Another standpoint views online communities as an alternative to classical communities – an individual can now choose the type of community that he/she wants to join, without thinking about the constraints imposed by the classical communities (the family or the Church), while other standpoints emphasise the belief that virtual communities can replace classical communities (an extreme perspective). Irrespective of the outlook we decide to embrace, we must admit that “actual network ties leap over physically linked areas, so that the overall so- cial geography corresponds much less to physical geography” (Rice, 2002, p.113). Therefore, a wider concept of social interaction becomes imperative.

Issues related to online community involvement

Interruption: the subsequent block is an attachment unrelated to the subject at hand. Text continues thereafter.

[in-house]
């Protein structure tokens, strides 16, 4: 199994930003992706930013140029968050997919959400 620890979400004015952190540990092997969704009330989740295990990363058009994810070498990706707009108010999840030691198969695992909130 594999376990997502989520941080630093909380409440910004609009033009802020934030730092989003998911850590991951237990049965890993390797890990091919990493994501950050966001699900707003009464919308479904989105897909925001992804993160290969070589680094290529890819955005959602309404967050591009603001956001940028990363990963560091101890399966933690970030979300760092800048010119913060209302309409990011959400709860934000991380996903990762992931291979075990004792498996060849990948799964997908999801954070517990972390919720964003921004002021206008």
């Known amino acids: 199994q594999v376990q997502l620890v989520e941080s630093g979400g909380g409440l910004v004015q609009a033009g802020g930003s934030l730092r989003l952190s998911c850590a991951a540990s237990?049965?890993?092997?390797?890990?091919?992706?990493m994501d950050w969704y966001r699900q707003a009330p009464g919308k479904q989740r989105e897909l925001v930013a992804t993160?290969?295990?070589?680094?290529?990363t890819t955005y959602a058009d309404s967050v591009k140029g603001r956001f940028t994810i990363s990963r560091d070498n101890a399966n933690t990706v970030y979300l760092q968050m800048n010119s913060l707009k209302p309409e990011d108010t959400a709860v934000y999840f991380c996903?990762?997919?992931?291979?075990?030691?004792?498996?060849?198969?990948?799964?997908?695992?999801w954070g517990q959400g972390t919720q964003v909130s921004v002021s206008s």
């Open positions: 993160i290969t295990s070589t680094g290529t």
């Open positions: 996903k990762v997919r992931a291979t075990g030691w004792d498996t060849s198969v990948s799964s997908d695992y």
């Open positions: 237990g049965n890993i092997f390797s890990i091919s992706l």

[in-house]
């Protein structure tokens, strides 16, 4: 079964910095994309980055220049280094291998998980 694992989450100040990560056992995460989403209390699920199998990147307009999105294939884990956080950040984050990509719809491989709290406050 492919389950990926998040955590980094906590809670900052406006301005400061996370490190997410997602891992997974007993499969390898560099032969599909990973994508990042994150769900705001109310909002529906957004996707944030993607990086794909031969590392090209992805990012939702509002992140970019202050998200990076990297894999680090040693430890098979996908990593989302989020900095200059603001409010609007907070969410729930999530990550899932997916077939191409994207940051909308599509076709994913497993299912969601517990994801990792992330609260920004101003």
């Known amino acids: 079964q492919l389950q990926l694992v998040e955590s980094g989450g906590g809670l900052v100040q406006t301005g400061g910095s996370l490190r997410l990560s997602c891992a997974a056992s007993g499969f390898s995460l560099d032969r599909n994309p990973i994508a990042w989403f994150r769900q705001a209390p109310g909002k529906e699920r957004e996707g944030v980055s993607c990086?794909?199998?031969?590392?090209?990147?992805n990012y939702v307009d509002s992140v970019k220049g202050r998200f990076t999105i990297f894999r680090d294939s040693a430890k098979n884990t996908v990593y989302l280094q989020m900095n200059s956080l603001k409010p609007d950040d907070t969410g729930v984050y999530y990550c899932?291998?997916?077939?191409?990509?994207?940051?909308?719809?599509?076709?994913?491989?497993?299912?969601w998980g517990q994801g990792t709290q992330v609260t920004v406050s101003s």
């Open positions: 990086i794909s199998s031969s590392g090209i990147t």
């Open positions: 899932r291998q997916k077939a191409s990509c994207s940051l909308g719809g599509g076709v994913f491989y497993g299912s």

Fernback thinks that it is both scientifically profitable and empirically consistent to make a shift from the study of communities to the study of commitment (how it is formed, how it is manifested in the case of online and offline relationships, etc.). This shift would enable us to learn more about the changes that occur in the social landscape and the meaningful constructs in human interactions. Virtual communities have their place, but “if scholars continue to paint Internet studies with the broad brush of community, they dilute the potential of the research to understand how communities are constituted, how they operate, how they are integrated into offline social life, or what they provide” (Fernback, 2007, p. 66). Nevertheless, Fernback does not assign to online communities the characteristic of social responsibility, thus reducing their relevance and viewing them as possibilities to get together in a way that is much too convenient to become as complex as physical communities: “The community metaphor placed on virtual social relations is inadequate and inappropriate. The metaphor is one of fellowship, respect and tolerance, but those qualities describe only a fraction of our cultural understood ideas about community. […] The ‘community as communicative process’ metaphor is alive and well in cyberspace. But that metaphor is one of convenient togetherness without real responsibility” (Fernback, 2007, pp. 62-63). In this context, virtual communities are too personal and devoid of constraints to create a substantial social density of interactions.